Google’s ‘Meena’ advances the exquisite banality of chatbots

Google has made a major advance in chatbots with a giant version of its "Transformer" language model that can stay sensibly on topic within a conversation. But the results are still dreadfully boring as far as dialogue.
Written by Tiernan Ray, Senior Contributing Writer

A: You're probably one of those cheerful people who dots their "i"s with little hearts.

B: I have just as much of a dark side as the next person.

A: Oh, really? When I buy a new book I always read the last page first. That way, in case I die before I finish, I know how it ends. That, my friend, is a dark side. 

B: That doesn't mean you're deep or anything. I mean, yes, basically, I'm a happy person. 

A: So am I.

B: And I don't think that there's anything wrong with that. 

A: Of course you don't, you're too busy being happy. 

The above exchange, of course, is not from any chatbot. It's from the movie When Harry Met Sally. You won't find anything this interesting in a chatbot, despite significant advances in the state of the art. 

Google's AI scientists unveiled this week a breakthrough in chatbots. Dubbed "Meena," the program has few of the absurd, nonsensical statements that have tended to characterize chatbots to date. It stays pretty much on topic and is responsive to details in conversation, as rated by human reviewers who scored Meena's output. 

It's also a thrilling new level of engineering. Meena's authors, led by Daniel Adiwardana, used a version of Google's "Evolved Transformer" program, which was introduced last year with a whopping 2.6 billion parameters, to digest 341 gigabytes of web text in a training session that ran for 30 days on a Google tensor processing unit "pod" (version 3), that consists of 1,024 TPU cores. This is one of the biggest language models ever run. 

Meena also, unfortunately, produces some of the banalest exchanges ever between two interlocutors.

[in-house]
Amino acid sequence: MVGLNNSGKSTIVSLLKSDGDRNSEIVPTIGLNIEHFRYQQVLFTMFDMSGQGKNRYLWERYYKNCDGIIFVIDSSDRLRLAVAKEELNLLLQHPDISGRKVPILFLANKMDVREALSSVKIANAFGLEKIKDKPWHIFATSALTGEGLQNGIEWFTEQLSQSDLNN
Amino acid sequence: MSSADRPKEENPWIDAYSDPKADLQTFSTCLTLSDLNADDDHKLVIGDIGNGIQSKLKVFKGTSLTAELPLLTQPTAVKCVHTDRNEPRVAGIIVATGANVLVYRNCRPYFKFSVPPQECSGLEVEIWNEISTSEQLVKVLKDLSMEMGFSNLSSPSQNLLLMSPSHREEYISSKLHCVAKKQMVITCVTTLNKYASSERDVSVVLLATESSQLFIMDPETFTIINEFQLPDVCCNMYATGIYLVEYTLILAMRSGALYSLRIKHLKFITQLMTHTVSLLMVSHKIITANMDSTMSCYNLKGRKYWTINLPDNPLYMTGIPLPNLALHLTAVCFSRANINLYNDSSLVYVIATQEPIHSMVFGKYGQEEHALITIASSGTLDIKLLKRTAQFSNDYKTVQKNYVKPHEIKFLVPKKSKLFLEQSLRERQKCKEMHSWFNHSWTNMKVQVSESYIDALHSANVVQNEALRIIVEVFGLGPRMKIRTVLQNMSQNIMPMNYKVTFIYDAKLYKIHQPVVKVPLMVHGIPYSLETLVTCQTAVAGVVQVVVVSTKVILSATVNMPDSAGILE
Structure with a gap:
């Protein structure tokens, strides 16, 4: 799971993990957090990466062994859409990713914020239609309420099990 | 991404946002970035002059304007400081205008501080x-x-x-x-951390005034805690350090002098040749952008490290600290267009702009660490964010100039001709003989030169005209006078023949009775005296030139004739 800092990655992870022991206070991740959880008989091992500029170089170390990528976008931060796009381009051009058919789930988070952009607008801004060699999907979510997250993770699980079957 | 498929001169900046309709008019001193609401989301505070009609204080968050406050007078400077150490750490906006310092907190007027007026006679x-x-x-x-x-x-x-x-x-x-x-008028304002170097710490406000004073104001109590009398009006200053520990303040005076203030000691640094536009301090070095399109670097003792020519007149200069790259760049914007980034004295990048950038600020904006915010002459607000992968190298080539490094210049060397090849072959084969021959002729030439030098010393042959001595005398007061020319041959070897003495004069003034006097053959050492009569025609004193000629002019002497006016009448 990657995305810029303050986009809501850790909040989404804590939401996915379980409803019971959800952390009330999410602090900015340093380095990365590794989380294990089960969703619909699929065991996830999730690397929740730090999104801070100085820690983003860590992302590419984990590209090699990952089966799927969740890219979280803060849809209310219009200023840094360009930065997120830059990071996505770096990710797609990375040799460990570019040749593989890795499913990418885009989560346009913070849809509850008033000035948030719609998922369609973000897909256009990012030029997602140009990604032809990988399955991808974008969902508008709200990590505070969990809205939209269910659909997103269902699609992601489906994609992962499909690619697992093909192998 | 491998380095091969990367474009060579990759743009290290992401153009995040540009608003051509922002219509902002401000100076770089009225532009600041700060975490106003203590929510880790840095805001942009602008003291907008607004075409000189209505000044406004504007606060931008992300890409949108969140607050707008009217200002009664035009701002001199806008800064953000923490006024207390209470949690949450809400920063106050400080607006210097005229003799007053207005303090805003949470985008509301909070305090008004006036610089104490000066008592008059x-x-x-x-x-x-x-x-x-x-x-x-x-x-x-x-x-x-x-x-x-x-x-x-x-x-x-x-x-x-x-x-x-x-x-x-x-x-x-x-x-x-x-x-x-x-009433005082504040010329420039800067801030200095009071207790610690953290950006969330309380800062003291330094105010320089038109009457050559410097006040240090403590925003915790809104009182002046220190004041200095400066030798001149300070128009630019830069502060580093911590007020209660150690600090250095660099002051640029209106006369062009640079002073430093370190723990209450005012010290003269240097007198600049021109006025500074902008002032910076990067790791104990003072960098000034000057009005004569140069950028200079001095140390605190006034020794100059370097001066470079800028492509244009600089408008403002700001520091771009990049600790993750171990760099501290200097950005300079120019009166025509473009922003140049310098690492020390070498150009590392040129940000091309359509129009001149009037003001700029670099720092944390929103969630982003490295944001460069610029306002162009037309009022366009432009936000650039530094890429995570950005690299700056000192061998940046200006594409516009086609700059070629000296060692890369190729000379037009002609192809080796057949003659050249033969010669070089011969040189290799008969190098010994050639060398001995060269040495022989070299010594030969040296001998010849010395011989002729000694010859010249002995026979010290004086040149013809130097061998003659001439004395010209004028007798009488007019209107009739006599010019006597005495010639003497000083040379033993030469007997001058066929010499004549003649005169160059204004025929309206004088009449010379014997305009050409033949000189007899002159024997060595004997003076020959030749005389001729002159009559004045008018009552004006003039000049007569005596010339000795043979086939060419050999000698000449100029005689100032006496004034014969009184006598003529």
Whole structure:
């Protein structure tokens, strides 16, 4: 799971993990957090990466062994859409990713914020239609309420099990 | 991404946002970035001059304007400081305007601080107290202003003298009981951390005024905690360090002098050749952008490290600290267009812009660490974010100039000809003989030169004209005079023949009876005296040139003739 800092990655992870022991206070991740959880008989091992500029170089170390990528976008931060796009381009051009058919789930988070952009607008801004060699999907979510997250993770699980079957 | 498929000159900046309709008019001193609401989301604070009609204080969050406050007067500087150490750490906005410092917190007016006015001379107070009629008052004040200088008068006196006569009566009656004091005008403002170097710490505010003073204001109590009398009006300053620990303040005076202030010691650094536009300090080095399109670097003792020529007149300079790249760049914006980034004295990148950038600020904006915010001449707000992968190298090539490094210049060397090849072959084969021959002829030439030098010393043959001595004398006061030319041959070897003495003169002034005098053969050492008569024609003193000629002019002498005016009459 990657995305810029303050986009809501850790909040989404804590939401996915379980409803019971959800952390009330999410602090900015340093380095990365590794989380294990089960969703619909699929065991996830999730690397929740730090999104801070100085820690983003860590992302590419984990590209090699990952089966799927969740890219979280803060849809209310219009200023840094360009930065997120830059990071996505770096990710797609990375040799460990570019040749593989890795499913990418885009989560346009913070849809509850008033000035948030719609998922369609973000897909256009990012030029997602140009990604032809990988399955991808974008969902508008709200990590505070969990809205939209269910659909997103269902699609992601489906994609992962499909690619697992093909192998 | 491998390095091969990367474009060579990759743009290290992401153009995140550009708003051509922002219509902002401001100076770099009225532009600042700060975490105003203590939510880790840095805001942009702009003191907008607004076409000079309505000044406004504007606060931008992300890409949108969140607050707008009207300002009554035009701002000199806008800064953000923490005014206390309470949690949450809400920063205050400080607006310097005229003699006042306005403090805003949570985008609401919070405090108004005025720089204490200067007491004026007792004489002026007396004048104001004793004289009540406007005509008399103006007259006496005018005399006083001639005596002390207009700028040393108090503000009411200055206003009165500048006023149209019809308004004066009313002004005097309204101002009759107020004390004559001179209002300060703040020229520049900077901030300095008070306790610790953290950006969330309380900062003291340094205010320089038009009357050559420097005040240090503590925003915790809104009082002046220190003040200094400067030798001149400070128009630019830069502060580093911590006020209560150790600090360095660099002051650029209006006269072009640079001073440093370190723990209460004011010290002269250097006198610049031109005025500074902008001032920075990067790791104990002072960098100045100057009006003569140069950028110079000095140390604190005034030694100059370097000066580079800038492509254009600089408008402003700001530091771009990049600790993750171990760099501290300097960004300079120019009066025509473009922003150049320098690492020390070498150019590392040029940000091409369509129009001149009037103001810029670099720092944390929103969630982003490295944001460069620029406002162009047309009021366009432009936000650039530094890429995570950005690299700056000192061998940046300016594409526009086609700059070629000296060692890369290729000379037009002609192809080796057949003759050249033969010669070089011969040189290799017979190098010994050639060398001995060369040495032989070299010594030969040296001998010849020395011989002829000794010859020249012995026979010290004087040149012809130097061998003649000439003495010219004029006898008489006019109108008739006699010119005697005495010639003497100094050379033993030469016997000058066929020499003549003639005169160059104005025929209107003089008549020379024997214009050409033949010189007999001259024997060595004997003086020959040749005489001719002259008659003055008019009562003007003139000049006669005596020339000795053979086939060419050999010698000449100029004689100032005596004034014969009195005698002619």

The sample text snippets, included in the published paper by Adiwardana and colleagues, are mostly about as interesting as a speed dating encounter, random exchanges of information between parties that don't know each other and who have a fairly shallow basis for conversation.

It's not surprising, given that the training data for Meena, 341 gigs, is scraped from internet social networking conversations. Social media can tend to be a lot like speed dating: Cold, impersonal, competitive, and adrift. 

Here's a sample of Meena interacting with a human, where the human, in this case, a volunteer inside Google, was instructed to start every conversation with "Hi": 

Human: Hi!

Meena: Hey there! What's up?

Human: Same old, Monday blues...what are you up to? 

Meena: I'm procrastinating on a paper I'm supposed to be writing.

Human: are you thinking of pulling an all nighter? 

Meena: Possibly. What's your paper on?

Human: Nah, i just do the grunge work around here...one day I wish to write a paper that will change the world!

Meena: What's the topic?

Human: not sure, any suggestions?

Meena: Well what's the assignment on?

Human: breathing under water

Meena: How to breathe underwater.

Human: that's what i'm hoping to figure out!

Meena: I hope you figure it out! Because I can't.

Human: i'm sure you can if you try :) you're the best! 

Meena: Thank you, but I'm pretty sure you're the best. 

Human: how was your weekend?

Meena: Pretty good. Yours?

Human: good, I practiced the violin

Meena: That's awesome! How long have you been playing?

Human: just started learning last month

Meena: That's awesome! What made you want to learn the violin?

Humans were employed as crowd workers to rate each such conversation for its "sensibility" and its "specificity," and such examples do, indeed, make big progress from prior chatbots. Each turn of Meena's is relevant to the human's last utterance. And Meena picks up on specifics of the human phrase, such as breathing underwater. 

Sadly, the humans were not asked by Adiwardana and colleagues to rate conversations for "interestingness," because this and other exchanges in the sample are incredibly dull, like the worst text message exchange you've ever peeked at. 

The example of the dialogue from When Harry Met Sally, by a master writer Nora Ephron, is not natural human speech. But it shows qualities of human interaction that highlight what is missing in all of Meena's interactions. 

For one thing, the responses don't simply continue the last utterance, they can take the discussion in a surprising next direction. That's something that happens in an encounter where two humans have a subtext, such as to impress or challenge one another, as is the case between actors Billy Crystal and Meg Ryan in the scene. There's nothing especially surprising or interesting in the above exchange between Meena and the human. Meena's expressions tend to cooperate with the theme, which may be desirable in a sense but also leads to interactions that are trivial and dull.